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Namely, during his meeting with Obama, Abe promised to ratify the Trans-Pacific Partnership (TPP) agreement “this fall or thereafter.” Thus, Japan took a wait-and-see stance on the TPP – a sensitive issue for the nation’s farmers and other political constituencies during the summer election – making it subject to the U.S. election outcome and TPP’s ratification in the U.S. Congress. Combined, the United States and Japan represent 80 percent of TPP’s participants’ GDP, making their ratifications crucial for the trade pact’s fate.

Japan’s rivalry with China

2016 marks a unique coincidence, when both G7 and G20 summits are hosted by staunch East Asian rivals. China is getting ready to chair the Hangzhou G20 meeting this September. Consequently, the Sino-Japanese rivalry permeated the summit. As University of Sheffield’s Japan expert Hugo Dobson notes, so far Sino-Japanese relations have demonstrated more competition than cooperation, although it is certainly the latter the international community and the global economy need more.

Although the Ise-Shima Leaders’ Declaration does not expressly refer to China, it addresses matters directly concerning China in one way or another: the freedom of navigation in East and South China Seas, excess capacity in the global steel market, the TPP and infrastructure.

In addition, Ise-Shima’s final documents called for cooperation between Multilateral Development Banks (MDBs), without naming but in all likelihood implying, the Japan-dominated Asian Development Bank (ADB) and China-led Asian Infrastructure Investment Bank (AIIB). In fact, the ADB and the AIIB are already cooperating through co-financing projects, both bilaterally and with other MDBs, such as the Eurasian Development Bank.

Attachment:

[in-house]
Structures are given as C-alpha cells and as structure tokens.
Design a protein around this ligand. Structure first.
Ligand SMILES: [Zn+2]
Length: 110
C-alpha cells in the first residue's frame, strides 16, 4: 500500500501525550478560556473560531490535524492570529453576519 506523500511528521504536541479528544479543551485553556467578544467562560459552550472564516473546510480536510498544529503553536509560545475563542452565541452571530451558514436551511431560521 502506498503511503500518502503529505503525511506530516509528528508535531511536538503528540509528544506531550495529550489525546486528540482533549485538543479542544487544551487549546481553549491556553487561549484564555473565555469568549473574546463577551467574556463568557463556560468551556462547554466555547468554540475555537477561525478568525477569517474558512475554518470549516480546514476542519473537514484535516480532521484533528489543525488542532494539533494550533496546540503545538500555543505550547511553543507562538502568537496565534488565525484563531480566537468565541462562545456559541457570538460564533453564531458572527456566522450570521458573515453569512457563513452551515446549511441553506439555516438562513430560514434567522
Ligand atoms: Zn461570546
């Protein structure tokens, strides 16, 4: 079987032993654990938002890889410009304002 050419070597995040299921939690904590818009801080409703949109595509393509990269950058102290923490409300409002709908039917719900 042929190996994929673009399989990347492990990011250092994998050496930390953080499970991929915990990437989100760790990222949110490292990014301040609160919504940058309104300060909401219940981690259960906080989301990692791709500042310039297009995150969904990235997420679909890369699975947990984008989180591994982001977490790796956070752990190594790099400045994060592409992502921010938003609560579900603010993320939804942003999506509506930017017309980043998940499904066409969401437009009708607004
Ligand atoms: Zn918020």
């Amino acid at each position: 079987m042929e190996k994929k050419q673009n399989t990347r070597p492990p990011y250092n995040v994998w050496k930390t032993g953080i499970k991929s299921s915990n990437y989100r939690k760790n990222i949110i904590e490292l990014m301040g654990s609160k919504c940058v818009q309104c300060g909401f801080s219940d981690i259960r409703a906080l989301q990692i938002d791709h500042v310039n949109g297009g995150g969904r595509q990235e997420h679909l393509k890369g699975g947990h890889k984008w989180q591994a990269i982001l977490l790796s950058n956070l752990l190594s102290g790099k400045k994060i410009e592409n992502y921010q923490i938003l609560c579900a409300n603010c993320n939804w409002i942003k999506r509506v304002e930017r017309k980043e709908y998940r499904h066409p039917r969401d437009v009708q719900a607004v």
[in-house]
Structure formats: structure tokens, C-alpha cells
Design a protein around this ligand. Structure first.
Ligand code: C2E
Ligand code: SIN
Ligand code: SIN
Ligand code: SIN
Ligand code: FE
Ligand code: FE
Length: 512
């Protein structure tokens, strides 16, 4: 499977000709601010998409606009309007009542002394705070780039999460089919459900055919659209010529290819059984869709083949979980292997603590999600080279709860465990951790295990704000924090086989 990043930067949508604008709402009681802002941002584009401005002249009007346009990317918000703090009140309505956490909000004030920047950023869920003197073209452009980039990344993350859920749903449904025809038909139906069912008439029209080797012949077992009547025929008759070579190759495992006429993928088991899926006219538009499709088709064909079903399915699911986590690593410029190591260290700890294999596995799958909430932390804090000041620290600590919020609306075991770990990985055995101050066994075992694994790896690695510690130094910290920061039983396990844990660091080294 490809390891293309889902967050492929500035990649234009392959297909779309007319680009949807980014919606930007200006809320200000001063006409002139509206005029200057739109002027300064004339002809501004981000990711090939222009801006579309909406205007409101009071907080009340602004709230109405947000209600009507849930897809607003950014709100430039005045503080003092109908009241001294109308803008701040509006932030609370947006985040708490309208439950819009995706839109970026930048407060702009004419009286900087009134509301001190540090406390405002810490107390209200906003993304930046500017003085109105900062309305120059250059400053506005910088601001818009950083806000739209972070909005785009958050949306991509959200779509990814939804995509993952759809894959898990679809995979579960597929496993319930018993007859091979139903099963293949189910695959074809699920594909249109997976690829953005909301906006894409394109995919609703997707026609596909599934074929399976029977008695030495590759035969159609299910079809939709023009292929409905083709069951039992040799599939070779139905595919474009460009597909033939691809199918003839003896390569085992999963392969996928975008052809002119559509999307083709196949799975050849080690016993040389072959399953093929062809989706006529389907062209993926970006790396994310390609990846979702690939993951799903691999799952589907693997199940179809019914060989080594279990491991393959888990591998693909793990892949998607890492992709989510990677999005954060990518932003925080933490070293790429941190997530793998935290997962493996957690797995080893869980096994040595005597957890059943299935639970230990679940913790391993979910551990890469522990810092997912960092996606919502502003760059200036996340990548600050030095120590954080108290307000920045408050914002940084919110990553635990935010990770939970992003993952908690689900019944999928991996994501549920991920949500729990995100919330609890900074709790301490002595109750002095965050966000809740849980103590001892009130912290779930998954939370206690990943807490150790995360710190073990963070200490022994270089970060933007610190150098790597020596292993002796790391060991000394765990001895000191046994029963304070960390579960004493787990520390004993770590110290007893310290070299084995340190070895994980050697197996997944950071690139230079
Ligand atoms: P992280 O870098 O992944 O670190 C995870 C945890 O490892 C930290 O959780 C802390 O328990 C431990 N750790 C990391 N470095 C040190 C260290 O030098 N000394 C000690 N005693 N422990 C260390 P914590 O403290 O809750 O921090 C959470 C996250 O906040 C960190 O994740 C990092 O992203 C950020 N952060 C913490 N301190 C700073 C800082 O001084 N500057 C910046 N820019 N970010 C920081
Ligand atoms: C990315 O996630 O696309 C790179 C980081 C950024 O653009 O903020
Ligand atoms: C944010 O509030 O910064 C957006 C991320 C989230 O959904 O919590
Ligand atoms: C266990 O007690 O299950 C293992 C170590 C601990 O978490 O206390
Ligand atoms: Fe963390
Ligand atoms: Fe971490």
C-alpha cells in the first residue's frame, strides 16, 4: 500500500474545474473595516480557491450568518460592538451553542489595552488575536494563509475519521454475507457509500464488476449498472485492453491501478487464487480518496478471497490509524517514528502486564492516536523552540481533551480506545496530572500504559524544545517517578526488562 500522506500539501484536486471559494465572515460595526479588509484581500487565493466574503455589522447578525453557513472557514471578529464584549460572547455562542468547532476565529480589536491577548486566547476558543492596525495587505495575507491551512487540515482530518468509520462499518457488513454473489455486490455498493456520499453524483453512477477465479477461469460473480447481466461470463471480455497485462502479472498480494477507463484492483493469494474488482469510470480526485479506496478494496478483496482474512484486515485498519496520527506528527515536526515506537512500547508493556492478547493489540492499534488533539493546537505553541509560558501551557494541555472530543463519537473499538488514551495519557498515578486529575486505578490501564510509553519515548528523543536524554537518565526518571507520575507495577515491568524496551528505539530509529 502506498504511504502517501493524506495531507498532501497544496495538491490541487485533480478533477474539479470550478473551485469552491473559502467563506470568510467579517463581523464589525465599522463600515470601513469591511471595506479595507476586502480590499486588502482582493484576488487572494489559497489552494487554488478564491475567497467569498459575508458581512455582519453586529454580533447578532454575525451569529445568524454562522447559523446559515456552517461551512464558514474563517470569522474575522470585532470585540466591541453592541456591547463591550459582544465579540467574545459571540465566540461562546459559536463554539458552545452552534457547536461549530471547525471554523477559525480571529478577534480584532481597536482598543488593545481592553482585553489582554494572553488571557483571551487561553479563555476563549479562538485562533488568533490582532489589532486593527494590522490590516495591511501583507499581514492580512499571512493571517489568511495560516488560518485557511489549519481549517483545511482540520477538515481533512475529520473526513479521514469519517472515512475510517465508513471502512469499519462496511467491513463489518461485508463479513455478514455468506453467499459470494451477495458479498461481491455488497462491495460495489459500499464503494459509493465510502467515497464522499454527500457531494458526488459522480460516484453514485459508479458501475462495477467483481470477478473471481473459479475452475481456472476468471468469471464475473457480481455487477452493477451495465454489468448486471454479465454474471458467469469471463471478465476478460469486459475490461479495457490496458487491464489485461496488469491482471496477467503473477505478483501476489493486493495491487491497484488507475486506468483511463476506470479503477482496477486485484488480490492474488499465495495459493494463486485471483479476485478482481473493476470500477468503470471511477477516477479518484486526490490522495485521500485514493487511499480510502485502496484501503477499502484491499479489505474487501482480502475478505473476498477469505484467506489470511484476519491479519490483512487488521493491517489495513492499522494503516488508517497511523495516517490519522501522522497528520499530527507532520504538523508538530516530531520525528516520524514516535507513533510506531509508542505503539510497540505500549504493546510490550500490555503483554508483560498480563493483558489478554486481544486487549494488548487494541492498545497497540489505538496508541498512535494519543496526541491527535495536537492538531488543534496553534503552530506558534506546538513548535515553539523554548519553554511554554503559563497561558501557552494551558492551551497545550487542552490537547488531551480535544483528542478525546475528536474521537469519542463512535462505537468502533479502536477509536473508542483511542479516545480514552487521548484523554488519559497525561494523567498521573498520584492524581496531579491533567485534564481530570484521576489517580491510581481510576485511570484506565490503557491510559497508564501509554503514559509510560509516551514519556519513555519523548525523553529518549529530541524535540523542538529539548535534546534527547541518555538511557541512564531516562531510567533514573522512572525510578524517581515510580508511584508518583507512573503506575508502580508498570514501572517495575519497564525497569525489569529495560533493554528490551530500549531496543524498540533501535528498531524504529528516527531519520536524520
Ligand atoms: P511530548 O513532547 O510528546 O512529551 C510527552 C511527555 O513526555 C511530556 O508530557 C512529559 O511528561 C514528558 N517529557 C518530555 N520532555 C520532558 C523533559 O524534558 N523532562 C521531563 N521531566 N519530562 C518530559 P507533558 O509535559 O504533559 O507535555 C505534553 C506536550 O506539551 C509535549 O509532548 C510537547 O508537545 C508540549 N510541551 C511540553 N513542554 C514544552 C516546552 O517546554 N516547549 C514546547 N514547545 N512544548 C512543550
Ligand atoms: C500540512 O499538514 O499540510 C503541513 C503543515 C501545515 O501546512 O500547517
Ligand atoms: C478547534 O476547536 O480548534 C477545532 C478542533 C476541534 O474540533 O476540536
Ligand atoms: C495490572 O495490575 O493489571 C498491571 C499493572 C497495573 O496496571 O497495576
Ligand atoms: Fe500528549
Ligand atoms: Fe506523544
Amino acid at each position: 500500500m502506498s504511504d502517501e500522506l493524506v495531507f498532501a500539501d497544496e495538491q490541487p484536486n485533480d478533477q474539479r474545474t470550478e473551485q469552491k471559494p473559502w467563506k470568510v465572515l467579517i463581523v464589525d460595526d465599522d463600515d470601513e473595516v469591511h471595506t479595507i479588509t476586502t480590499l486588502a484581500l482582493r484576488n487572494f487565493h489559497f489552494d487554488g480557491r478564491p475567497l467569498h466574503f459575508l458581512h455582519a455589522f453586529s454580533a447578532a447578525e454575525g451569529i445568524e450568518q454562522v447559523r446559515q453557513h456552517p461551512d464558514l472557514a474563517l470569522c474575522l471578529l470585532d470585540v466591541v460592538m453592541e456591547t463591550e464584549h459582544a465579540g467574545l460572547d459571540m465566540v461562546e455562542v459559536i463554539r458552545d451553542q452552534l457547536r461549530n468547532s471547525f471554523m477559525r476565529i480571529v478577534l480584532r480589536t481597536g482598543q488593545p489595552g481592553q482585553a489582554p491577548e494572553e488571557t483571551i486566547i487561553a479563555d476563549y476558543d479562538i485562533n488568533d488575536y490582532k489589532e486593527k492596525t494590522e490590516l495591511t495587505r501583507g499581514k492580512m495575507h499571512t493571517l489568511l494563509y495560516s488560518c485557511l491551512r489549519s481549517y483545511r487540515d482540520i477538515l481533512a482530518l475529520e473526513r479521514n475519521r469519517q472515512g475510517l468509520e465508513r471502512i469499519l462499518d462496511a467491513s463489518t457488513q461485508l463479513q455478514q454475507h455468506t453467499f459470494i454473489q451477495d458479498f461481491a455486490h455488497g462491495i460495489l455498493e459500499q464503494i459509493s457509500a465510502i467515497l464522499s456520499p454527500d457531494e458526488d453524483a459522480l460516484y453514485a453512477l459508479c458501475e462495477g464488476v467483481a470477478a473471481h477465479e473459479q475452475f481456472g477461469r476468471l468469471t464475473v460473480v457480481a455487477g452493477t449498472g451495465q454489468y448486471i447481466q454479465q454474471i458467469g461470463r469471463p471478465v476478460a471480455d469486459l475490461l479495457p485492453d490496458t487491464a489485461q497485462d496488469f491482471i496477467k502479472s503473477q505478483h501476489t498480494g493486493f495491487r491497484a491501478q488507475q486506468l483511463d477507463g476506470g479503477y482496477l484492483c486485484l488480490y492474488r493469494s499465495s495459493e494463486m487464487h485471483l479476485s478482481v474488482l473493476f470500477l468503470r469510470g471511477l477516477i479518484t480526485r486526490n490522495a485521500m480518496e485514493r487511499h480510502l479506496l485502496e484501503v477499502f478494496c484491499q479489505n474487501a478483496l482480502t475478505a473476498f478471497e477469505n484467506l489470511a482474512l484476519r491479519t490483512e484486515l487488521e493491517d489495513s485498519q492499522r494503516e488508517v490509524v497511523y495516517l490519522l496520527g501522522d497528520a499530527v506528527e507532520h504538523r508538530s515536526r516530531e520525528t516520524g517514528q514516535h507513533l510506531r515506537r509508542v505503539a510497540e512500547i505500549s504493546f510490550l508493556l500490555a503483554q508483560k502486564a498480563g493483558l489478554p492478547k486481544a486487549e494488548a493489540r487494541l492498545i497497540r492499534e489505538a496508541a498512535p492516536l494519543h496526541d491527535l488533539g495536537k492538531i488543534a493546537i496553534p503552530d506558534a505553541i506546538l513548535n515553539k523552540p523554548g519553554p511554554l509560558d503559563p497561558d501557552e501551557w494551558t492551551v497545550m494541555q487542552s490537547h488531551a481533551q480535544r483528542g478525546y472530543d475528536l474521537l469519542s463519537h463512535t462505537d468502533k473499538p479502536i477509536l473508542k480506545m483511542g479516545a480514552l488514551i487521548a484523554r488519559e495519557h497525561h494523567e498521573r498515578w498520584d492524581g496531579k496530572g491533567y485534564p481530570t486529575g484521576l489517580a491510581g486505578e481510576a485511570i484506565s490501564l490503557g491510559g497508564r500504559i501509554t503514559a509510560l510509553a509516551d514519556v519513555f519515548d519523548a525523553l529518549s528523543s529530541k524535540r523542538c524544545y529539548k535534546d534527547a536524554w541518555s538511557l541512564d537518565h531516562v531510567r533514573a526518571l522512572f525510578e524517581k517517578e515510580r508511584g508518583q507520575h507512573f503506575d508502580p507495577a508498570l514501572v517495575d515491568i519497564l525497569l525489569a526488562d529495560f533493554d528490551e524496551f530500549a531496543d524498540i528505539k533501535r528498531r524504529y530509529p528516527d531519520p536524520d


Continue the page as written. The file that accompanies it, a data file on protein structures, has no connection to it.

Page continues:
While the diversification of supply in infrastructure finance benefits the recipients, their bargaining power may be curtailed by greater concert between the MDBs, especially as China still has to prove its much-hyped infrastructure ambitions can live up to expectations.

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The G7 and Russia

Abe’s diplomatic preparations for the Ise-Shima summit included a brief detour to Sochi, where the Japanese leader met with Russian President Vladimir Putin. The choice of venue appeared highly symbolic: Abe was the only then-G8 leader apart from the Italian Prime Minister Enrico Letta who attended the opening ceremony of the 2014 Sochi Olympics, while the Group’s summit same year was initially expected to be hosted in Sochi as well – before Russia had its membership in the G8 suspended.

Japanese media stressed Washington’s discontent with Abe’s pre-Ise-Shima trip to the Black Sea resort, further highlighting the meeting’s leitmotif – breaking Russia’s isolation. Last time a remotely comparable event took place was when Tokyo helped Moscow’s bid to join the Asia-Pacific Economic Cooperation (APEC) in the mid-1990s.

Seizing the opportunity to mediate between Russia and the G7 allowed Abe to raise Japan’s profile as a global player and to create additional momentum for the improvement of Russo-Japanese relations. Abe’s visit to Sochi marked his 13th meeting with Putin – in contrast, Abe has met Obama “only” eight times. Besides, Tokyo may have viewed its dialogue with Moscow as leverage for greater recognition of the issues in East China and South China Seas by other summit participants. G7’s eventual reluctance to express a more pronounced support to Japan on those matters frees Abe’s hands to further approach Moscow the way he deems necessary.

While the 2015 G7 statement only addressed Russia in regard to the Ukrainian crisis, the Ise-Shima declaration welcomed Russia’s commitment to exercise influence over the regime of Syrian President Bashar Assad. The language on Russia’s involvement in Ukraine remained broadly unchanged from 2015 but was toned down: The Ise-Shima declaration did not inherit the calls “to stop trans-border support of separatist forces” and did not qualify Russia’s influence over separatists as “considerable.”

Although these results can hardly be qualified as a “breakthrough,” they are most likely in line with the expectations of interested parties – much like the 2016 G7 summit itself. Shinzo Abe came out a clear winner, making the most of Japan’s turn in this year’s global summitry, as the world’s eyes are now turning to Hangzhou.

The opinion of the author may not necessarily reflect the position of Russia Direct or its staff.